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Organised by Dr Daniel Lunt, Professor Harry Elderfield FRS, Professor Andy Ridgwell and Professor Rich Pancost
In several periods in Earth's history, the climate has been significantly warmer than present. What lessons about the future can be learnt from past warm periods? The answer depends on the quality of reconstructions of past climates, our understanding of their causes, and the validity of climate models which aim to reproduce them. This meeting will address these exciting and challenging issues.
This meeting was followed by a satellite meeting on Reconstructing and understanding CO2 variability in the past which took place at the Kavli Royal Society International Centre from 12-13 October 2011.
The proceedings of this meeting will be published in a dedicated issue of Philosophical Transactions of the Royal Society A.
Biographies and audio recordings are available below.
Dr Daniel Lunt, University of Bristol, UK Organiser
Dan Lunt is a Senior Research Fellow in the School of Geographical Sciences at the University of Bristol. Much of his work is driven by a desire to understand the world we live in, and how it has varied in the past. To achieve this, he makes use of numerical models of past climates, to test hypotheses derived from the geological record. He also uses the past climate record to improve models, and to better predict future climate change. He has provided evidence to a UK Government Select Committee on Geoengineering and climate change, and is a Contributing Author to the forthcoming IPCC report. He is founding Chief Executive Editor of the Geoscientific Model Development, an journal designed for the description and evaluation of models of the Earth System. In 2010 he won the Philip Leverhulme Prize, in recognition of the fundamental contribution his findings have made across a range of different subject areas.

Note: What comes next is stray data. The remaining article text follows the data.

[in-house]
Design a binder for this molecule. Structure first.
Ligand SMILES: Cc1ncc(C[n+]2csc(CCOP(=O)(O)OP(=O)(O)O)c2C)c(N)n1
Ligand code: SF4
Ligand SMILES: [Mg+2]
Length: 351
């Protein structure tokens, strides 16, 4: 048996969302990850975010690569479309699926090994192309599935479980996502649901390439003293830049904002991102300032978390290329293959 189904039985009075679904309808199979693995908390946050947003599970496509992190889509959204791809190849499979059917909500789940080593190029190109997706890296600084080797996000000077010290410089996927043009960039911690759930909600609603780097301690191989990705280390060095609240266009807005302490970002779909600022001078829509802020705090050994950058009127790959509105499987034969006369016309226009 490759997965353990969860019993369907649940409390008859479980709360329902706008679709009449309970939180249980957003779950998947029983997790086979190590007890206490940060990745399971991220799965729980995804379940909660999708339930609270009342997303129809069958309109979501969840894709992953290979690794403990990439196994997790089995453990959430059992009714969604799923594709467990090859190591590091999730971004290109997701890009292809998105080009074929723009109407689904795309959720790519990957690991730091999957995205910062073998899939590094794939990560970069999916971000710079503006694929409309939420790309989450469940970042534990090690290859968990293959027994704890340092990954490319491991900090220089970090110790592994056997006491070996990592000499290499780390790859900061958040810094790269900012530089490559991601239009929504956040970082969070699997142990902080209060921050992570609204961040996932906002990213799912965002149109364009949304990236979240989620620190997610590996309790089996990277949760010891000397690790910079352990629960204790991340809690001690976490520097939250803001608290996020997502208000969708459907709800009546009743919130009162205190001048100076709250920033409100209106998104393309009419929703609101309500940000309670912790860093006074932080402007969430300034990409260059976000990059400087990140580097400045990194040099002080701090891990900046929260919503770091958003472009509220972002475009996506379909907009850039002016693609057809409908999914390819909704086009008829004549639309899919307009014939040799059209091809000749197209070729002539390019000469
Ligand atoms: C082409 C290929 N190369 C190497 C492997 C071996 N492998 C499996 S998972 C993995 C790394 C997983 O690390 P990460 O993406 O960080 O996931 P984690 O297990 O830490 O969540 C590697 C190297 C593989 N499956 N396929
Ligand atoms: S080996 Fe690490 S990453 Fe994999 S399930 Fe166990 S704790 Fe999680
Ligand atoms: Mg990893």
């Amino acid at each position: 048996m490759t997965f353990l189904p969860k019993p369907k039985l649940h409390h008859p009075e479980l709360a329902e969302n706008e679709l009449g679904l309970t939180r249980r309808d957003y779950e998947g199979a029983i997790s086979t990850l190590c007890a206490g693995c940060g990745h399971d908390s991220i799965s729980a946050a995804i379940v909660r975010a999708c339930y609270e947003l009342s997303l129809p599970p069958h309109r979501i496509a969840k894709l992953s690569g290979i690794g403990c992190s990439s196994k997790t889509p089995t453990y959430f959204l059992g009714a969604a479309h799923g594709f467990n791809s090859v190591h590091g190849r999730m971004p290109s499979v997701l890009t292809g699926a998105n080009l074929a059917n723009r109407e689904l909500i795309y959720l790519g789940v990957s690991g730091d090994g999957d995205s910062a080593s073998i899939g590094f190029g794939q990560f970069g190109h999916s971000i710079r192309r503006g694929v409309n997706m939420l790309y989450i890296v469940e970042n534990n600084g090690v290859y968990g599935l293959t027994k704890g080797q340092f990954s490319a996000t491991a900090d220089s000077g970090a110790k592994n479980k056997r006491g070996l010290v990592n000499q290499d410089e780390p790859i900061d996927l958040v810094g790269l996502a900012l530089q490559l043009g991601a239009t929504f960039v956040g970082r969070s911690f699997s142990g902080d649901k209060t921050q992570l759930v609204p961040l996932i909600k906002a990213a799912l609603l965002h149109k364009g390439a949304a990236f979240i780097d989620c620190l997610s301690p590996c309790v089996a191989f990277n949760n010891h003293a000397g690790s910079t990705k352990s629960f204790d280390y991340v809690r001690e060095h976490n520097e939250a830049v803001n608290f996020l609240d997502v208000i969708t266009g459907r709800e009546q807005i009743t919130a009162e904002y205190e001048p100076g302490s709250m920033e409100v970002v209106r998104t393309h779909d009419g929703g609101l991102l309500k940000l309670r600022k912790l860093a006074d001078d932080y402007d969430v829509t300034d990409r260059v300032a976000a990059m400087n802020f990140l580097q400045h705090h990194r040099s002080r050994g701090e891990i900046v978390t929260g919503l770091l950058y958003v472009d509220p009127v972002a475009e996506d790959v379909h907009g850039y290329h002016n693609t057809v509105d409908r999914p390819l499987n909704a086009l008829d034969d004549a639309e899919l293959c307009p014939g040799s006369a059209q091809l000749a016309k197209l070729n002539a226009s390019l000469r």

Professor Harry Elderfield FRS, University of Cambridge, UK Organiser
Professor Harry Elderfield FRS is the Director of Research in the Department of Earth Sciences, University of Cambridge and a fellow of St. Catharine's College Cambridge, European Association for Geochemistry, American Geophysical Union and the Royal Society. He has received the Prestwich and Lyell Medals of the Geological Society of London and the Urey Medal of the European Geophysical Union. The broad objective of my research is to understand how and why the chemical composition of the oceans and atmospheric carbon dioxide concentrations and global temperature have changed through time. The factors which control past ocean chemistry are complex and methods involving multiple tracers of past ocean chemistry are the key to understanding them. My main approach is to proxy seawater composition using trace metal and isotopic contents of the carbonate shells of marine microfossils: planktonic and benthic foraminifera. I work with a group of postdocs, research students and technicians, and collaborate with scientists in Cambridge, the UK and worldwide, on a number of research projects, current examples of which are: Ocean temperatures and ice volume over glacial-interglacial cycles within the Pleistocene based on novel chemical thermometry and links to changes in ocean circulation and records of air temperature and CO2 from ice cores; Ocean carbonate cycles and carbonate saturation state of the oceans compared with changing CO2 ; how the preservation history of CaCO_3 in the deep ocean is affected by changing modes of ocean circulation relationship to internal and external reorganisation of carbon reservoirs.
Professor Andy Ridgwell, University of Bristol, UKOrganiser
Professor Andy Ridgwell is a Royal Society University Research Fellow at the University of Bristol. Although in practice spending most of his time tending to the every need of 6 cats, his research addresses fundamental questions surrounding the past and future controls on atmospheric CO2, and the nature of the relationship between CO2, climate, global biogeochemical cycles, and life. He is also closely involved in research into future ocean acidification impacts and the effectiveness (or otherwise) of geoengineering. His develops his own numerical analytical tools (`Earth system models´) to ask questions and test hypotheses regarding the functioning of the Earth system.
Professor Richard Pancost, University of Bristol, UK Organiser